It has long been known that obsessions and compulsions occur during the course of a schizophrenic illness (1- 7). It is, therefore, of interest that there has been little systematic research into the treatment of these symptoms in patients suffering from schizophrenia.
It is possible that the meager research in this area is related both to the difficulty at times in differentiating signs of a psychotic decompensation in severe obsessive-compulsive disorder (OeD) from those of schizophrenia; and to the significant amount of controversy regarding the function of obsessive compulsive symptoms in patients suffering from schizophrenia and related diseases. For example, Sullivan (3) was one of the first to note a relationship between schizophrenia and obsessive compulsive disorder, and maintained that these conditions can shift from one to the other. Over 30 years ago, Rosen (4) studied 30 obsessive sch izophrenics and observed that the obsessions emerged either prior to, or concomitant with, the schizophrenic symptoms, and that none of the patients had received psychiatric treatment prior to the schizophrenic decompensation . The implication is that obsessions were not taken as seriously as the psychotic symptoms even though they had presaged serious illness. This is identical to one of the cases we will present.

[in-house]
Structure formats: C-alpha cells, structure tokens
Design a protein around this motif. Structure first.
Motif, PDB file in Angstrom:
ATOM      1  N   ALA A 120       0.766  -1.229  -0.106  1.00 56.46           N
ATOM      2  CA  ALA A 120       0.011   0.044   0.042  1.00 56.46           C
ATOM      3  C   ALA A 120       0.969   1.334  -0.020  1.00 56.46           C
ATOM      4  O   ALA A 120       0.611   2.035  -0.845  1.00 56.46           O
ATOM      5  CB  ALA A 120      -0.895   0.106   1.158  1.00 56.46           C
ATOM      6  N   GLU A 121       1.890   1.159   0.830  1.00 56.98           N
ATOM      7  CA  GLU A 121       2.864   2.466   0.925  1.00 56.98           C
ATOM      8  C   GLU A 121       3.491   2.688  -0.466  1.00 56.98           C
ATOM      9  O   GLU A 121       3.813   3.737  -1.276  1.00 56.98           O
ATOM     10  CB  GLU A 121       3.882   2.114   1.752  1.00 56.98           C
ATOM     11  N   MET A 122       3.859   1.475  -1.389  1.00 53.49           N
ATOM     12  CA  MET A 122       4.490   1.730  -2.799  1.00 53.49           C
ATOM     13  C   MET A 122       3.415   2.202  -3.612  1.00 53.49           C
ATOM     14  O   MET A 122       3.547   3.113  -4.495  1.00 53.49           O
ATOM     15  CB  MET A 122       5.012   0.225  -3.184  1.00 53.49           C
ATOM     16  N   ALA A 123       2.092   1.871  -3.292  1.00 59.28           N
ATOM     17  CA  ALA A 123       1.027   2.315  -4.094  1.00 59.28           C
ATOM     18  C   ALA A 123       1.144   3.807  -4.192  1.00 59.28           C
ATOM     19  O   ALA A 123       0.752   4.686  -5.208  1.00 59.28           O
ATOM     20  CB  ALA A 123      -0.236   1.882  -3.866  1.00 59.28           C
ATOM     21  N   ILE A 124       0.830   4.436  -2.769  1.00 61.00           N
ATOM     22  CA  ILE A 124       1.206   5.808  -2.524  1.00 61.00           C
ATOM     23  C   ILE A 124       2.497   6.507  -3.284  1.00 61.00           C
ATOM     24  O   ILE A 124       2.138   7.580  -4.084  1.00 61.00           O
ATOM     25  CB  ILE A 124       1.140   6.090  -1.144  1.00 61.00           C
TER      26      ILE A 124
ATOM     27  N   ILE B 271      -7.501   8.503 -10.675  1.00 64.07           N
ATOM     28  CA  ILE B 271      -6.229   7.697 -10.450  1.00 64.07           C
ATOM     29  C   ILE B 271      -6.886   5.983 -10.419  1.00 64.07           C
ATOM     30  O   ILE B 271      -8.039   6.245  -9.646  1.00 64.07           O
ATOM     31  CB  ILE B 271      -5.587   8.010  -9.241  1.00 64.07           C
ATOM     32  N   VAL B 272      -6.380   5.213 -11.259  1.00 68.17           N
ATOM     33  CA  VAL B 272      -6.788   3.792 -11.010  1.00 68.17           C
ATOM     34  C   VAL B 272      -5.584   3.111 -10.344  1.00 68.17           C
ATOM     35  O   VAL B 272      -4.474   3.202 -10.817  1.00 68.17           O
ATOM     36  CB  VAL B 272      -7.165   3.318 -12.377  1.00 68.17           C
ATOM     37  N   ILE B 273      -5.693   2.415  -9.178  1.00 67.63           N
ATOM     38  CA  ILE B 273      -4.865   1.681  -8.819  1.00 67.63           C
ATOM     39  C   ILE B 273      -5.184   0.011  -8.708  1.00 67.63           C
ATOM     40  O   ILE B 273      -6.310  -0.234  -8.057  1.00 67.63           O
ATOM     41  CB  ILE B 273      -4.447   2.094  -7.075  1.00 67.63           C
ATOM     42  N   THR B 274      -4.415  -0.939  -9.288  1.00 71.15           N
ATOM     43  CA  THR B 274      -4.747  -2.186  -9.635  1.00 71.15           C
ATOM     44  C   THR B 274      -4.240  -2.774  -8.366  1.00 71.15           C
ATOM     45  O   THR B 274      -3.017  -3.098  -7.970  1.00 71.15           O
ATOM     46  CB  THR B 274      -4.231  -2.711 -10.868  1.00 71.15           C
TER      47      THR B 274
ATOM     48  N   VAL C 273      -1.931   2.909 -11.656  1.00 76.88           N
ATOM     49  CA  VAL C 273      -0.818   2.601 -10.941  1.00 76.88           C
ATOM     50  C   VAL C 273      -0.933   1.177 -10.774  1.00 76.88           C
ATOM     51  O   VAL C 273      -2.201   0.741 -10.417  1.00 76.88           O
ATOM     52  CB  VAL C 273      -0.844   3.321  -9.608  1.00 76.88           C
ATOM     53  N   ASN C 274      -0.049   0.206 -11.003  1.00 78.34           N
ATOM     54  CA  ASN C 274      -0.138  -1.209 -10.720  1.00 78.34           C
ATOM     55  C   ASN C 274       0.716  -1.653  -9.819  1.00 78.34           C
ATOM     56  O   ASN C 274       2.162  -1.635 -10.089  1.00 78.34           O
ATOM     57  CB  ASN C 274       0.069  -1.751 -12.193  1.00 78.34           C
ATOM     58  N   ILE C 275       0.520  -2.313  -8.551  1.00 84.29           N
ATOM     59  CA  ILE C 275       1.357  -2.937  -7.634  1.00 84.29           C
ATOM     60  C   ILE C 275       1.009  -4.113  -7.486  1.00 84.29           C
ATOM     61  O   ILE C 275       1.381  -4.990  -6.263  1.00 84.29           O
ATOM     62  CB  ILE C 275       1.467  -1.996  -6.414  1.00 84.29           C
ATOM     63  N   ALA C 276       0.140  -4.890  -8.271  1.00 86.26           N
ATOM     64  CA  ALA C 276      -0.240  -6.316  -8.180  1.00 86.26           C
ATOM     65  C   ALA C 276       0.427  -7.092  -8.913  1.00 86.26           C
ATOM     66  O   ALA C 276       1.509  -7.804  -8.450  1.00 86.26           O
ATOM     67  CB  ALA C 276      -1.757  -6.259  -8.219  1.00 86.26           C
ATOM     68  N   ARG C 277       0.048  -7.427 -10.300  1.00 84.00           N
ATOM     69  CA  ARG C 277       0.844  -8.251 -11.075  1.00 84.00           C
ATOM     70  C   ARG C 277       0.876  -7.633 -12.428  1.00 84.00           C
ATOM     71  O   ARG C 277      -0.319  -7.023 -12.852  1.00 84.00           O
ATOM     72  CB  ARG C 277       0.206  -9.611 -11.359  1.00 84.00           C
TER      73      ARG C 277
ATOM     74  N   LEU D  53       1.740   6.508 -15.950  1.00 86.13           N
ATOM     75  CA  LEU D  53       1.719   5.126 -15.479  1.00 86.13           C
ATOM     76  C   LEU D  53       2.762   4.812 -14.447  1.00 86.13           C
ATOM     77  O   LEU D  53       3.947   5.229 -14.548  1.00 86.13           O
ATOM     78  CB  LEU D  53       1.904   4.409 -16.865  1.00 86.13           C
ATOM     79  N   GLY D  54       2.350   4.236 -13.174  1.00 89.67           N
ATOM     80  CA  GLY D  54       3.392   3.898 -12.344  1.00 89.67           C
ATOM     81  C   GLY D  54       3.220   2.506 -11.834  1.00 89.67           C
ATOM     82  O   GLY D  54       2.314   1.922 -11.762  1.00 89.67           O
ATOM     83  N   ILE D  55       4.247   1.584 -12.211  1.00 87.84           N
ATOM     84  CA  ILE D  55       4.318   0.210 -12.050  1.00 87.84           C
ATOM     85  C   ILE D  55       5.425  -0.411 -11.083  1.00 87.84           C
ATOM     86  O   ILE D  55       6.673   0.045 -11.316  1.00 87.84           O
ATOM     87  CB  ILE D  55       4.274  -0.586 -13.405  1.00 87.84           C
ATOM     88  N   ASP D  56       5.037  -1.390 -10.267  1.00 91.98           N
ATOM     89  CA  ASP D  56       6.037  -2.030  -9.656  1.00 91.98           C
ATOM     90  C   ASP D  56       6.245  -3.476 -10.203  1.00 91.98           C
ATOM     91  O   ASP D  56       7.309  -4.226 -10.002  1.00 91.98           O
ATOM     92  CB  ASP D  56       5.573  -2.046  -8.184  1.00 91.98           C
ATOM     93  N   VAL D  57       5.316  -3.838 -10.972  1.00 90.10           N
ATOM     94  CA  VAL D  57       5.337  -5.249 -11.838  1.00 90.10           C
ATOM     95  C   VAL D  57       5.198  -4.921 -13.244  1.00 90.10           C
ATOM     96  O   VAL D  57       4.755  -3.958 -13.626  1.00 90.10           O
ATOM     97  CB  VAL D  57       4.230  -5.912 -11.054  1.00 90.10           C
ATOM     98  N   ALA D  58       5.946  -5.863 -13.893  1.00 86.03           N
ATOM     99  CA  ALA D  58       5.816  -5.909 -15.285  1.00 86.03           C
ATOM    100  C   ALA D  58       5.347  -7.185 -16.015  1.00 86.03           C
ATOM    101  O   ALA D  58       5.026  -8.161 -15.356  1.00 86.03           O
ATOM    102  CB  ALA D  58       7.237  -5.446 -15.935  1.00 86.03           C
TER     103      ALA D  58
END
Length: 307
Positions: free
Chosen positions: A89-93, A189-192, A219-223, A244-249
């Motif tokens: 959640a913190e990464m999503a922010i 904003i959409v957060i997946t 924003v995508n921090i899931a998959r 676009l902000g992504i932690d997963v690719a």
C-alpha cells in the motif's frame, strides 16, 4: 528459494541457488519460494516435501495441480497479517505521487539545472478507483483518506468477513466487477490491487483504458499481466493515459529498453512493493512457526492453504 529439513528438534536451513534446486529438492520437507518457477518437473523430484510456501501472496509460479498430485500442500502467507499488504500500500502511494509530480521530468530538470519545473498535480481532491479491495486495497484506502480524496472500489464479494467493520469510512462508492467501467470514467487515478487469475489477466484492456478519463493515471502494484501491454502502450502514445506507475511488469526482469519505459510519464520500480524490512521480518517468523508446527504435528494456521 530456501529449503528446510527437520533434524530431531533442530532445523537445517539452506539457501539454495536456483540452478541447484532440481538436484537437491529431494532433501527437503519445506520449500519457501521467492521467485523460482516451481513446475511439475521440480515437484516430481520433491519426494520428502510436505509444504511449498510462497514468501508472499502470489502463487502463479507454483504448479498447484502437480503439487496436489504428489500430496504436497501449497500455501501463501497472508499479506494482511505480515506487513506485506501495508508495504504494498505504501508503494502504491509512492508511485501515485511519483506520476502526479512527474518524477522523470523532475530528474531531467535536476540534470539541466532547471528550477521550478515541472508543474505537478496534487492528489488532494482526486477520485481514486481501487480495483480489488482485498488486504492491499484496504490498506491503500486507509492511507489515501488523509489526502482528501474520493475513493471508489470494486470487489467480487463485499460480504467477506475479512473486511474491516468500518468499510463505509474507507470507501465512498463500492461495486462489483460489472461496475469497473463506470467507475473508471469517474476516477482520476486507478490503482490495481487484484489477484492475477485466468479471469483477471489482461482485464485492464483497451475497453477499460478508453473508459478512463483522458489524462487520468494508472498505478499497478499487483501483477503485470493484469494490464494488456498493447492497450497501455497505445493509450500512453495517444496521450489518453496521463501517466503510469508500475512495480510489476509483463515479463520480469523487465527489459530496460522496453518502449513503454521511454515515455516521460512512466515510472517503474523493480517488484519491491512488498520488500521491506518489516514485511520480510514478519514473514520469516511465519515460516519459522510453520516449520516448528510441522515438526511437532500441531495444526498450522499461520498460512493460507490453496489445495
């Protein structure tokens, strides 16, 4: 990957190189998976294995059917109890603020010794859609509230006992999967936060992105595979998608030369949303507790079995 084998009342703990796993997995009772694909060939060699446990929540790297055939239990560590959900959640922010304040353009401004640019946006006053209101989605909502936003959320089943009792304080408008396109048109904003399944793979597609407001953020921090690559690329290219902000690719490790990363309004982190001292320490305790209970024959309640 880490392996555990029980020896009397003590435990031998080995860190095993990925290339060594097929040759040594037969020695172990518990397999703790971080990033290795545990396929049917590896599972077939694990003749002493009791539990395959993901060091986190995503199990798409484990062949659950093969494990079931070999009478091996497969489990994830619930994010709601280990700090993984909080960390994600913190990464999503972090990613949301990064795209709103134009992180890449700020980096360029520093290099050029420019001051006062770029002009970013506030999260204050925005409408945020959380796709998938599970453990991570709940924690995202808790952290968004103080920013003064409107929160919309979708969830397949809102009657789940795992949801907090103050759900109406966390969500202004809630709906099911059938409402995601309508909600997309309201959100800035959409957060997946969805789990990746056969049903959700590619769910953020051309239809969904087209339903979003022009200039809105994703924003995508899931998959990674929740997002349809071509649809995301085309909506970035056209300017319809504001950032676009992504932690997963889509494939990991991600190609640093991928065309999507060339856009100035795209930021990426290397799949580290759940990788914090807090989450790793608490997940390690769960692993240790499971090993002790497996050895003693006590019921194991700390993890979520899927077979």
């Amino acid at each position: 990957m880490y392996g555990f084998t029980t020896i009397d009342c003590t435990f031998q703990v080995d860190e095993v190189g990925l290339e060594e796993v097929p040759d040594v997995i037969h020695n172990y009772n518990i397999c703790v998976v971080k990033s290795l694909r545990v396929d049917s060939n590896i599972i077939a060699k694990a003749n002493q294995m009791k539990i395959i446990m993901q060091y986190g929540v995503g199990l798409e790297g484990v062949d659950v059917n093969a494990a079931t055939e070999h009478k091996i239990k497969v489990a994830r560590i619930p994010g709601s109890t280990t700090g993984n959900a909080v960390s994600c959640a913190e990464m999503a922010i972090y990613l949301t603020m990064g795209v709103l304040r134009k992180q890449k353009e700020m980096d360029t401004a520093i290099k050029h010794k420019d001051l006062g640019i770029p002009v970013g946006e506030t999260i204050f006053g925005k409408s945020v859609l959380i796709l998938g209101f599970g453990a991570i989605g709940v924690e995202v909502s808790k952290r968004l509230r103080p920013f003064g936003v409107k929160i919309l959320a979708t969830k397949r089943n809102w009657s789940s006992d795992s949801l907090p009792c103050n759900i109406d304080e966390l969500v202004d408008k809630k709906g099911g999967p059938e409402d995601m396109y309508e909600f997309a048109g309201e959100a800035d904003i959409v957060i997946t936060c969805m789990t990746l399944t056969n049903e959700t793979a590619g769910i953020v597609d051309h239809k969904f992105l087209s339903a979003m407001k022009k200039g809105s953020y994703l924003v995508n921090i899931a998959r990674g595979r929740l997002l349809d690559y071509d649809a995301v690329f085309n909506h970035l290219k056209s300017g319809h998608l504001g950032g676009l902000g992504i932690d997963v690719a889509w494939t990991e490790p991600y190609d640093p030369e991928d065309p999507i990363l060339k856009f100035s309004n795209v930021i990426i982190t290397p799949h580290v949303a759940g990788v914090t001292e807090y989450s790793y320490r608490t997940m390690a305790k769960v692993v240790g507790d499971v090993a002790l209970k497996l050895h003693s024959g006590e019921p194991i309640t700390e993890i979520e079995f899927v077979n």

Zaharovits, M.D., Ileana and Lipkowitz, M.D., Marvin H.
"Imipramine in the Treatment of Obsessive-Compulsive Symptoms in Schizophrenic Spectrum Illnesses: Three Case Reports,"
Jefferson Journal of Psychiatry:
1, Article 7.
Available at: http://jdc.jefferson.edu/jeffjpsychiatry/vol8/iss1/7